Defenders of the Fatherland Day is the de facto Men’s Day in the country. Source: TASS
When I first witnessed the excitement surrounding March 8, International Women’s Day in Russia, I asked some of my lady friends if there was an equivalent Men’s Day in the country and the curt reply from them was that 364 days belonged to Russian men. I was then told that there is indeed a Men’s Day, February 23, which has had many avatars.
День защитника Отечества (Den' zashchitnika Otechestva or Defenders of the Fatherland Day), meant to congratulate all those people who served in the Russian Army, who of course would overwhelmingly be men, is the de facto Men’s Day in the country. A winter after I witnessed my first Women’s Day, I was eager to see what kind of pampering Russian men were in for. Much to my disappointment, there were no celebratory toasts to the brave souls defending the country, no messages of official congratulations and hardly any special films on state-run television. Where was the fairness I wondered!
When I did call up some of my close friends to ask if any of the women in their lives had 1 nice gesture or word for them, they laughed. But the island of Sakhalin, where I lived did have a unique tradition carved out for the occasion. A football match on a snowy field! Given the layers of fresh snowfall in the month of February on the island, the ice was buried in soft snow and it was a thrill to play in -25 degrees Celsius weather in matches that would by no means display athleticism but still required a good level of fitness.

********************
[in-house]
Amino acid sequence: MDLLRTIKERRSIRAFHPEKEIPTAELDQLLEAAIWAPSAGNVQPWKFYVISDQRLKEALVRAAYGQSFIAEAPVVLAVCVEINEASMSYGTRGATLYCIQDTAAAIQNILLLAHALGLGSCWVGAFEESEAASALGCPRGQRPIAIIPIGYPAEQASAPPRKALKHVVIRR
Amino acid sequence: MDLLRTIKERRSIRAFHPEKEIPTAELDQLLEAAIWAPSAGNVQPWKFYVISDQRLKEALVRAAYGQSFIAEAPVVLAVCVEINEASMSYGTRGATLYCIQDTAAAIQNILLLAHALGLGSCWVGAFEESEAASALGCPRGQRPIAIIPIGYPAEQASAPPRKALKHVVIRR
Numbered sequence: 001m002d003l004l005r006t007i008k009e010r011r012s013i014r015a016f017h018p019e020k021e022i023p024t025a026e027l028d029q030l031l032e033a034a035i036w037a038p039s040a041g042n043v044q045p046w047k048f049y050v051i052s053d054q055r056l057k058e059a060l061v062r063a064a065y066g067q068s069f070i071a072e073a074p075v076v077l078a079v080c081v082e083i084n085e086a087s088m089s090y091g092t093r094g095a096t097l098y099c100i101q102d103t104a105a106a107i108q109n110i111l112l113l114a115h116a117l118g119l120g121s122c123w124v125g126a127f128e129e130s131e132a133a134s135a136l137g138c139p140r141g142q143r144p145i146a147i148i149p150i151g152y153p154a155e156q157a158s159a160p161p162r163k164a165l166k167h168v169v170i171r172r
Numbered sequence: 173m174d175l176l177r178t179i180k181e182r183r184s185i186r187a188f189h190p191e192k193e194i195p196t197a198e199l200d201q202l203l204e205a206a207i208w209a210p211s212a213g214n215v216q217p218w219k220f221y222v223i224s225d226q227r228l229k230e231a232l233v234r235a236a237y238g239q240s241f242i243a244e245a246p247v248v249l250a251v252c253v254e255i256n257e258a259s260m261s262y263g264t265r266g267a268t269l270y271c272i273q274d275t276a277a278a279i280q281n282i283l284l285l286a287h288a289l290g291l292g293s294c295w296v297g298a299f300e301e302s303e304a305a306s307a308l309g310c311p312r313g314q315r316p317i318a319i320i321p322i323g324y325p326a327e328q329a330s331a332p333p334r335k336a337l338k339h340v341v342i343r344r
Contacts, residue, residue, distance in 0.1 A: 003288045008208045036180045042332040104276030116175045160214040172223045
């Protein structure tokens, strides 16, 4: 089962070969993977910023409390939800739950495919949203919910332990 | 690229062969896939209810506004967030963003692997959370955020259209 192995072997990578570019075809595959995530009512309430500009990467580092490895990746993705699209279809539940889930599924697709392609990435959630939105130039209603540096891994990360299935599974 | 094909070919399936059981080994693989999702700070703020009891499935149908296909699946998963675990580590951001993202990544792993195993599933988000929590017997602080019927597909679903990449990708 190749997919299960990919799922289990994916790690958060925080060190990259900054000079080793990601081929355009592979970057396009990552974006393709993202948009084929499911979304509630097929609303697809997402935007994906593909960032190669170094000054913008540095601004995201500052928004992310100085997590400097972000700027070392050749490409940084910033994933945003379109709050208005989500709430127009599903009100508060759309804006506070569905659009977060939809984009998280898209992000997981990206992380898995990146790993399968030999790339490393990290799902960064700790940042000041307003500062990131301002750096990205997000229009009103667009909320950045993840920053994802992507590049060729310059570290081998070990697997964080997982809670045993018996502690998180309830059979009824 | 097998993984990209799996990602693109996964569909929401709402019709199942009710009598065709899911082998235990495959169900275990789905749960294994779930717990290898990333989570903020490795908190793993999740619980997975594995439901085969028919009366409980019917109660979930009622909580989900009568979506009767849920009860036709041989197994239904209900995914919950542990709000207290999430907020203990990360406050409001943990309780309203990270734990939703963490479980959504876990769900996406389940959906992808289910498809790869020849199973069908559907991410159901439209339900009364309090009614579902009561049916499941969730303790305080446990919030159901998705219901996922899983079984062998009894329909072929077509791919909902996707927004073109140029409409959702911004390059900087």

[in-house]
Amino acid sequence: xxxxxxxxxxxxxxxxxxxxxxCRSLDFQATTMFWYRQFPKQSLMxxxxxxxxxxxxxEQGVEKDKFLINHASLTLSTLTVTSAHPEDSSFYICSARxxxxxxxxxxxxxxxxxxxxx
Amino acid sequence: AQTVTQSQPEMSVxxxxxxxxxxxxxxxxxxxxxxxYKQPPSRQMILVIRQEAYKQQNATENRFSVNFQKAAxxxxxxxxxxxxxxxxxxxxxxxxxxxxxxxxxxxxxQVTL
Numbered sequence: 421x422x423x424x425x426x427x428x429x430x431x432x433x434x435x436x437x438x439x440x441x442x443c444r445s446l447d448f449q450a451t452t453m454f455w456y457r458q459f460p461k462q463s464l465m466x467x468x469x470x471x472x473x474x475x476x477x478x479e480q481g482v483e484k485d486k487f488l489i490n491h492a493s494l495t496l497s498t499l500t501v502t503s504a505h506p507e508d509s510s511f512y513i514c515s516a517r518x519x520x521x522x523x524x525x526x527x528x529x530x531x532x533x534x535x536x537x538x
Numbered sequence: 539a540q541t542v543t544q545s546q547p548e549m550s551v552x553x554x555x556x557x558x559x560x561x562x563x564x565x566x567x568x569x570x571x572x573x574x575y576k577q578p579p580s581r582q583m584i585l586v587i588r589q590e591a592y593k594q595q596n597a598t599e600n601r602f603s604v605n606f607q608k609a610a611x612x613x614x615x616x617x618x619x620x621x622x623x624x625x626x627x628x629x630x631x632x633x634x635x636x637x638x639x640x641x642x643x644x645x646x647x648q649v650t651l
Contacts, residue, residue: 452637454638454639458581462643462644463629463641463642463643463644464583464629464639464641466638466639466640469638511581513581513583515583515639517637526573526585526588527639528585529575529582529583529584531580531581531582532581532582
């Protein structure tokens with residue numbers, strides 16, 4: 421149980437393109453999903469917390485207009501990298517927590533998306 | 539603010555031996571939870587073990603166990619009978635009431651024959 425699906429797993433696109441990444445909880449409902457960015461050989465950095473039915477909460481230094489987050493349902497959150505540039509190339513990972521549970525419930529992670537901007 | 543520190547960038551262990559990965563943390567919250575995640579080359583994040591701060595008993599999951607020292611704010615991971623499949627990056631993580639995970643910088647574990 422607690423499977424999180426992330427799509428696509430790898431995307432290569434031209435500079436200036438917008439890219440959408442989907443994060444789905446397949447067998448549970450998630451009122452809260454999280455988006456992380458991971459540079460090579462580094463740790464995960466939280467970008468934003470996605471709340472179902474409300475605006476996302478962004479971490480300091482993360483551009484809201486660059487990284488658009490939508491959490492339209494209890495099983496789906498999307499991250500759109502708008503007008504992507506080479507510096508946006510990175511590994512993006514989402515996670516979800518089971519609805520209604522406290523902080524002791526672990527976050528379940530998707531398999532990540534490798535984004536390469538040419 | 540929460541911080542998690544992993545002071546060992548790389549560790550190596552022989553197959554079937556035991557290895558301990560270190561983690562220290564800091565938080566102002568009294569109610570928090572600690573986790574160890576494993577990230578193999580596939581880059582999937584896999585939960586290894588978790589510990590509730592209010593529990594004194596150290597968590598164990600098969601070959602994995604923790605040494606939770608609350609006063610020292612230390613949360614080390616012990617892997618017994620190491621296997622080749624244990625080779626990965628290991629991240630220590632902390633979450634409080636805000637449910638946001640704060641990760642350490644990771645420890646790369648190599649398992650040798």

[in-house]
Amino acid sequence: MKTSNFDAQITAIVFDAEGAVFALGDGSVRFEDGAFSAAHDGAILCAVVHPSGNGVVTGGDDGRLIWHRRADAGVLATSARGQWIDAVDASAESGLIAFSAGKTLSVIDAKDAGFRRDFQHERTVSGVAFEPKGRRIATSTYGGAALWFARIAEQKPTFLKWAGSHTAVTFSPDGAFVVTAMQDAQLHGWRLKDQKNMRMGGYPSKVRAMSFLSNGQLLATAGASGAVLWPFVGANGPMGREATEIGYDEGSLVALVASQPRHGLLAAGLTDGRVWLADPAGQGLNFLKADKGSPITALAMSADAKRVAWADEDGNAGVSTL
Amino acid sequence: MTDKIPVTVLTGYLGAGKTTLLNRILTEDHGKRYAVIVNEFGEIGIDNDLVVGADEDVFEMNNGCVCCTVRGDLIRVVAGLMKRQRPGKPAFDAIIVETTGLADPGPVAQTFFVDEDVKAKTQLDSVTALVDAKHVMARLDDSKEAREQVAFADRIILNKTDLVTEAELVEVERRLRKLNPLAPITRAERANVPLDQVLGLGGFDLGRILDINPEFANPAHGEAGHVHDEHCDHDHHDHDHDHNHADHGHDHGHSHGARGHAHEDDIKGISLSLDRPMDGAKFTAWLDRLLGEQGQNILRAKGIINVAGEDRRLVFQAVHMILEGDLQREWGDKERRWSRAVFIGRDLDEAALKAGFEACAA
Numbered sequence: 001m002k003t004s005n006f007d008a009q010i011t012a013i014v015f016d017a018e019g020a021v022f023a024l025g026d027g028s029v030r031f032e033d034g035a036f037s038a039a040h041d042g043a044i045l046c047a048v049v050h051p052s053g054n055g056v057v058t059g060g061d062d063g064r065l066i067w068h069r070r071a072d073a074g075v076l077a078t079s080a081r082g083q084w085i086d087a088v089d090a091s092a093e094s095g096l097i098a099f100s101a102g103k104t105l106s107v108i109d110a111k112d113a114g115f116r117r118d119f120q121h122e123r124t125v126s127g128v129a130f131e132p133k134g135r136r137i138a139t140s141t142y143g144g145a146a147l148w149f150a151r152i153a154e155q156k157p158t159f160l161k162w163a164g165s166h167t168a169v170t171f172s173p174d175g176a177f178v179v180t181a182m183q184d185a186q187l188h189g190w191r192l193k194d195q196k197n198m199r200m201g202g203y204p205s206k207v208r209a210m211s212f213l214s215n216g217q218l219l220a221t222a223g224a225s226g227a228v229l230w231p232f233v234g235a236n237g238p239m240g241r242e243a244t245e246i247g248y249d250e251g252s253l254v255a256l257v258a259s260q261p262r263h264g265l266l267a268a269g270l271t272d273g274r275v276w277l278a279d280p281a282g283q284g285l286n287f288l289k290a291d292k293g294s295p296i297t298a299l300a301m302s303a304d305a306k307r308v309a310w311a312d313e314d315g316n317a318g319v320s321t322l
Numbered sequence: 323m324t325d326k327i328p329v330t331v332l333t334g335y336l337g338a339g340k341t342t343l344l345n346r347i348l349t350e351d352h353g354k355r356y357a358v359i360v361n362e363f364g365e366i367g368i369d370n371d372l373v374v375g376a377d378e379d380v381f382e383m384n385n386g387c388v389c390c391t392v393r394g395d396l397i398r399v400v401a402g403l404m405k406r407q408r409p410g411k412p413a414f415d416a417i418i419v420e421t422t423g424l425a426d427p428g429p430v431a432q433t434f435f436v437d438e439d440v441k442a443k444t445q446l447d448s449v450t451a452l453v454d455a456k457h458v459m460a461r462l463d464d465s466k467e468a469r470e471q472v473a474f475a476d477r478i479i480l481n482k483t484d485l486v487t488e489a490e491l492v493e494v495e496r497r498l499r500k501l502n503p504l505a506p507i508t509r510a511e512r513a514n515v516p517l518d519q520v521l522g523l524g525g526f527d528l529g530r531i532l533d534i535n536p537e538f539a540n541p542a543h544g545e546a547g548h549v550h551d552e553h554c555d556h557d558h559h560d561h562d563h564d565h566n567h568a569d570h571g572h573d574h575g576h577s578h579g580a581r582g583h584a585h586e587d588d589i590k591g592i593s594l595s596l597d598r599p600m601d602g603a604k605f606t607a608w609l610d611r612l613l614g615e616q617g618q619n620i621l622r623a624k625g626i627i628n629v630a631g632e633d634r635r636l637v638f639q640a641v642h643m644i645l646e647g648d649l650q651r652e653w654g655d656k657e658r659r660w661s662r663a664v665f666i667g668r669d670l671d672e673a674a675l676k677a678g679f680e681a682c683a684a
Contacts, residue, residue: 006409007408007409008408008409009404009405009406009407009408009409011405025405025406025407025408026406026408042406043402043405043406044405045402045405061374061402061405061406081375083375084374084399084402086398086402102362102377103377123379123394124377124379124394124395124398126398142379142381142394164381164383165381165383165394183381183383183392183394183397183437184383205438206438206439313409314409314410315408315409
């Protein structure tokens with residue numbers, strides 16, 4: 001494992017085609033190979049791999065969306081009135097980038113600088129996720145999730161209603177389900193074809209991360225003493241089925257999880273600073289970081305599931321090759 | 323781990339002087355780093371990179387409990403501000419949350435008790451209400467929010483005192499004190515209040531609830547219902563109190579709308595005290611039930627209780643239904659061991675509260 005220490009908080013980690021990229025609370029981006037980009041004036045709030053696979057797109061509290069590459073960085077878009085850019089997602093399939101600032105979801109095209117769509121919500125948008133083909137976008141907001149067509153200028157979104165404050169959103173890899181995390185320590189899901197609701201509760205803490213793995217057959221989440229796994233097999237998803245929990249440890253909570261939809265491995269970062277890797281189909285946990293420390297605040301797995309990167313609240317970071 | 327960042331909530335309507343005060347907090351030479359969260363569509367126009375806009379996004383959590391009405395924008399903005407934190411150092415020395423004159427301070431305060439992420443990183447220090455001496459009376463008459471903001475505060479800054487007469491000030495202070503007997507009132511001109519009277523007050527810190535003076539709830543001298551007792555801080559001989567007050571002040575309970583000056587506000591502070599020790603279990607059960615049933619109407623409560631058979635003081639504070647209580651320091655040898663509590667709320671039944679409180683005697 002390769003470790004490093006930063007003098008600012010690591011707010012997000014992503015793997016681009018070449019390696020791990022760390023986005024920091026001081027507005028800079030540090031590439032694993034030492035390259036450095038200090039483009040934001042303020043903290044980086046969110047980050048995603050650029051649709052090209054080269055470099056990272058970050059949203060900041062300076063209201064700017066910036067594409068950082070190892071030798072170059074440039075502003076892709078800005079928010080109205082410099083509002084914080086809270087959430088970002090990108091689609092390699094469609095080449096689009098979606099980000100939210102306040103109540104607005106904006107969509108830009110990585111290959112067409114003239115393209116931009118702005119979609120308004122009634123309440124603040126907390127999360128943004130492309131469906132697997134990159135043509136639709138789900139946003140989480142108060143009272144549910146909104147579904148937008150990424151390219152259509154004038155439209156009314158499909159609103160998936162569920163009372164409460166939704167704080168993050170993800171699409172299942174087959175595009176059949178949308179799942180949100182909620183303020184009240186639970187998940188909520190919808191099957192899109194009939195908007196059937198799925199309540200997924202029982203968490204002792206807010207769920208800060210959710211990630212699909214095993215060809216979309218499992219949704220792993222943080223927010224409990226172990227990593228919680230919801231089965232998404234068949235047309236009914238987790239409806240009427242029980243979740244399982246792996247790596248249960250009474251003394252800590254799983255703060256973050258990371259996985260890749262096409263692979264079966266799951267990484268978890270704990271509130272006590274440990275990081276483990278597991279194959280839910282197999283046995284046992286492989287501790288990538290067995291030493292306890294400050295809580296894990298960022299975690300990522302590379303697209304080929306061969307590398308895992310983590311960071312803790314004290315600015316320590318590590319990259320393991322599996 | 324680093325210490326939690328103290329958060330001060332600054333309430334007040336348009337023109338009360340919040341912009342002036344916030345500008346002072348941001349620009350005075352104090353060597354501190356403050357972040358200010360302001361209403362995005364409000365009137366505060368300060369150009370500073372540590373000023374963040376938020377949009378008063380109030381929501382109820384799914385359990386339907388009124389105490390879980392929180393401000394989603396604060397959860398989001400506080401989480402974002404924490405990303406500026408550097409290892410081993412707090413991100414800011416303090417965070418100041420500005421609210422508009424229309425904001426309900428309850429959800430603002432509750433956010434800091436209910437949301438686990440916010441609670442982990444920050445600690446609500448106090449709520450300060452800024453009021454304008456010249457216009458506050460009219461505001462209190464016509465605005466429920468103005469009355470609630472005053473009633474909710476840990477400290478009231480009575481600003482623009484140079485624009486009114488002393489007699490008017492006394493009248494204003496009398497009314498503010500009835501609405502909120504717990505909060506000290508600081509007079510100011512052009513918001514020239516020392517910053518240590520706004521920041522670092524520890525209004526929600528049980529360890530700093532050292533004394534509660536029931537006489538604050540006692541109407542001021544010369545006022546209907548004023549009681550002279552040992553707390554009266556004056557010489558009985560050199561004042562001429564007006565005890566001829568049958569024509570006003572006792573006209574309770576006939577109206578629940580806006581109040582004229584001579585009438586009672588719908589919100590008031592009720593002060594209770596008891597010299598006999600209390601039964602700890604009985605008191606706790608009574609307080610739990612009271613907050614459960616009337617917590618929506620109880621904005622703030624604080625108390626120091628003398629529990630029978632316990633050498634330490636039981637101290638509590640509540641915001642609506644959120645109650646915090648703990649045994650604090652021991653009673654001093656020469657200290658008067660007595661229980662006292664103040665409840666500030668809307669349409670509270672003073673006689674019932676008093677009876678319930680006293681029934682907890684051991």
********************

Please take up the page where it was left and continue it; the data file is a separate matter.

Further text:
I did observe that Russian men on many an occasion got a raw deal. For starters the whole concept of conscription... If there’s genuine equality between the sexes like the USSR liked to boast of on many an occasion, then why on earth is it only obligatory for men to serve? I recall one particular “Last Bell” ceremony, as high school celebrations are called in Russia, where a politician made a speech that irked all the boys in the room. He started off by praising the beauty of the girls and telling them that their best days were ahead of them. The man whose son successfully escaped army duty on dubious grounds told the boys that they should have a positive outlook on conscription. His words to the effect were: “oh it’s not so bad, the nation needs you.”
Then there are ridiculous stereotypes when it comes to Russian men. I once heard a couple of Scots who were well into their 50s talk about how easy it was for them to get a pretty Russian woman. “Look at the blokes here,” they mumbled, “none of them even bother to shave and they walk around with pretty lasses who are dressed like models.” Perhaps the thought never hit them that some women actually like “rugged” types or that if a 20-year old from a small village actually claims love at first sight when she spots a man old enough to be her father, it may just be love for money rather than the result of a strike of cupid’s arrows!
I won’t dispute the fact that there are a large number of websites that offer beautiful Russian brides and not many that offer Russian grooms. This, however, has more to do with the fact that Russia is one of the few countries where men in general seem to like their “own women.” Some of my closest male friends from the remotest regions of Russia are as well-read, groomed and sophisticated as any of their counterparts anywhere in the world. So, on this Men’s Day, I salute these friends and millions of other men, who continue to make Russia one of the greatest countries on earth.
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